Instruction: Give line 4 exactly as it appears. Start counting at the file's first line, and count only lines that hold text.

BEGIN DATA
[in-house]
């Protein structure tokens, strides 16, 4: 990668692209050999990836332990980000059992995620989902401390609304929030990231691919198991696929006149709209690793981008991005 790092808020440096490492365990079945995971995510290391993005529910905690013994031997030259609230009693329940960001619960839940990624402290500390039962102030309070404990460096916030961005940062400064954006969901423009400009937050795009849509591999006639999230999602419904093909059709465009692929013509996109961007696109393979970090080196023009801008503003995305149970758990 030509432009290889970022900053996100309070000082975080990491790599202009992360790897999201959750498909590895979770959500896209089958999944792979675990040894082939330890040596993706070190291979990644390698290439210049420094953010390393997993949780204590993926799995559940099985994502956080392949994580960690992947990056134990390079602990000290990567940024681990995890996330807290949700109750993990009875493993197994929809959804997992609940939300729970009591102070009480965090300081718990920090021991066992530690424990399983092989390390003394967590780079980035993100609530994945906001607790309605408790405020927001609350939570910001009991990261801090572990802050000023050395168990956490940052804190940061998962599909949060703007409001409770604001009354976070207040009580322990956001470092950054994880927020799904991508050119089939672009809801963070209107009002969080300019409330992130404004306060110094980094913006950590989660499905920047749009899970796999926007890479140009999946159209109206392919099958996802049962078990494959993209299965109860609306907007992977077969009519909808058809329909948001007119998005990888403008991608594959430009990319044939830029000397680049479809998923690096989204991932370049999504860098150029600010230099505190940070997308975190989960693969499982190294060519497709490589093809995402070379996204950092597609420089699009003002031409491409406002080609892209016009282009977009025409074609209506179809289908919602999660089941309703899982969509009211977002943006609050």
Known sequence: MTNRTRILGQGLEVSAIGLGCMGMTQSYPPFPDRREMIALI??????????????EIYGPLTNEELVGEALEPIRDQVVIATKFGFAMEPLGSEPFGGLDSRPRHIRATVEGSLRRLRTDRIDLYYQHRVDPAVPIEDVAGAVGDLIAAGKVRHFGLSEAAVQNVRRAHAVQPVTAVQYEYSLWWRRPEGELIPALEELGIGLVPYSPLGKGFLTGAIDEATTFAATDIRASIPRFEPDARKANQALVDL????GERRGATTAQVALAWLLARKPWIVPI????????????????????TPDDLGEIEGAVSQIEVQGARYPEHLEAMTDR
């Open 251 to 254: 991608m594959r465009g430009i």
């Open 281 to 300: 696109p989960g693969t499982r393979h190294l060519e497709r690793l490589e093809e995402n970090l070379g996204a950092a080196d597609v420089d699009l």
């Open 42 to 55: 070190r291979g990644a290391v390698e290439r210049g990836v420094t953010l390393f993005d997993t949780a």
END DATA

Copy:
């Open 251 to 254: 991608m594959r465009g430009i």